Naomi, who grew up in Canada during World War II, suffers from not knowing about the loss of her mother.
First, a neighbor lures her into an episode of abuse, leaving her with a guilty heart. Then her mother leaves for Japan to help nurse an ailing grandmother. Her Aunt Emily comes to visit, and Naomi overhears frantic, whispered conversations, which she does not understand.
The culmination comes when Naomi, her older brother Stephen, and their Aunt Aya Obasan of the title are sent to live in Slocan, a near-deserted mining town in the mountains of interior British Columbia. Their assigned home is a sagging, two-room log cabin on the edge of the woods.
The family group settles in to live there for an unknown duration. Most of the adults in Slocan have suffered the forced loss of their property, homes, and occupations, but even so a community emerges. Naomi and Stephen do not have a school, except for Sunday School, until May, Stephen, however, has his music, and Obasan keeps Naomi busy making scrapbooks of the royal family.
Naomi has a close brush with death when she jumps off a log raft into a murky lake. Rescued by Rough Lock Bill, a local resident, she ends up in the hospital but learns that not all white Canadians are like her scary Vancouver neighbor.
When the war is over, there is hope of returning to Vancouver. Unfortunately, it is not to be. He is greeted joyously, but obviously his health is precarious. When the family is removed once again, this time to work in the sugar beet fields of Alberta, he is hospitalized with tuberculosis.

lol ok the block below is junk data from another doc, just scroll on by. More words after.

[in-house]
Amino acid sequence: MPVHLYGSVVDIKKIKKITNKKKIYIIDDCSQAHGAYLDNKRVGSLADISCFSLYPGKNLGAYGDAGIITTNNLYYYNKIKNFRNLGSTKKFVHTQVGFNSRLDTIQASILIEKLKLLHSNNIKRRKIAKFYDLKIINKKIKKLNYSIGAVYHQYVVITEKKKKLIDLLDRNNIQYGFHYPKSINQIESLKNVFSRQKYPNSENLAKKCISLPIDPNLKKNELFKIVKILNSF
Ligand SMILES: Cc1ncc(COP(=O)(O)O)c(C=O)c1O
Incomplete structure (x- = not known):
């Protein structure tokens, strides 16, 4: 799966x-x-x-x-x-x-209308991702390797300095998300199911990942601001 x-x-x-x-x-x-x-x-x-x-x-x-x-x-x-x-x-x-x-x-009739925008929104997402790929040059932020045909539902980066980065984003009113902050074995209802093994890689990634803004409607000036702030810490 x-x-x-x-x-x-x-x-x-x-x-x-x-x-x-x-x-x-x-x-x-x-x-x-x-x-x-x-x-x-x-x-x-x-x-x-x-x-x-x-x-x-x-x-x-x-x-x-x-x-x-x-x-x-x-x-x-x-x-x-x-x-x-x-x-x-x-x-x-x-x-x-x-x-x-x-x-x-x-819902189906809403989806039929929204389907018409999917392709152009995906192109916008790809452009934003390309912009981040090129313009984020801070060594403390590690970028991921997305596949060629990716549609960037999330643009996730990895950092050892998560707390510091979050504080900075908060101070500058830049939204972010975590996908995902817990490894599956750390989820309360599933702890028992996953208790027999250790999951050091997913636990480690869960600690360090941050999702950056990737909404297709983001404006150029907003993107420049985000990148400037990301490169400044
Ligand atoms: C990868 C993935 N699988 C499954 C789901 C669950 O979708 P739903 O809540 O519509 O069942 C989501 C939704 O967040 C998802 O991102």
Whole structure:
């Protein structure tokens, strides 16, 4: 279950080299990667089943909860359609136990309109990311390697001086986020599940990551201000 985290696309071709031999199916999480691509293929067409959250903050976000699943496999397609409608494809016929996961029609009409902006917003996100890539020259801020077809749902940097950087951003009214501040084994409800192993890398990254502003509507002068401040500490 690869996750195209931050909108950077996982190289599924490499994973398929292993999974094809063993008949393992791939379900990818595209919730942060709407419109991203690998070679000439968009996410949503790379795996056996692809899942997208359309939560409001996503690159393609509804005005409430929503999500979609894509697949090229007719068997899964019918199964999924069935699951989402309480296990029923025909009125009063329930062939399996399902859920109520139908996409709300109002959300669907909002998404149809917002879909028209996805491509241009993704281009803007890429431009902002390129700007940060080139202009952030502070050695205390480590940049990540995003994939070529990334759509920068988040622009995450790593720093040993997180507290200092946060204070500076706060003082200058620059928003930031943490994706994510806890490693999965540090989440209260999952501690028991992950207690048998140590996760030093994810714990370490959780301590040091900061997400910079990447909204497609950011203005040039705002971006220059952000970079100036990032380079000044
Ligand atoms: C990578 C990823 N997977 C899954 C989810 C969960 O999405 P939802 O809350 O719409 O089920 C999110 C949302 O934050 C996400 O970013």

Naomi never sees him again. Nor is there ever any word from her absent mother. Life and work in the beet fields are even more miserable than life in Slocan.
The entire section is words.When Obasan finds a package from Aunt Emily (her other aunt, not Obasan), things really get interesting. It's a huge stack of papers. Aunt Emily's letters, journals, and papers lead Naomi on .
Essays and criticism on Joy Kogawa's Obasan - Sample Essay Outlines. Chrissy Paolini Obasan Object Essay The Role of Letters in Obasan Although Naomi is thirty-six in the present day of Joy Kogawa’s novel Obasan, she still has unanswered questions about her childhood.
A summary of Chapters 35–39 in Joy Kogawa's Obasan. Learn exactly what happened in this chapter, scene, or section of Obasan and what it means. Perfect for acing essays, tests, and quizzes, as well as for writing lesson plans. Joy Kogawa's Obasan Essay Words | 3 Pages. I decided to read the novel by Joy Kogawa entitled Obasan.
The novel was written in and told the details of how the Japanese were discriminated against during World War 2.
--Obasan The educational value through this novel is not necessarily what the characters perceptions or even if school is mentioned in the story, but the significance is that the readers can relate to this novel through the character, the language, the proverbs and learning about Japanese-Canadian history, which is a lesson in itself.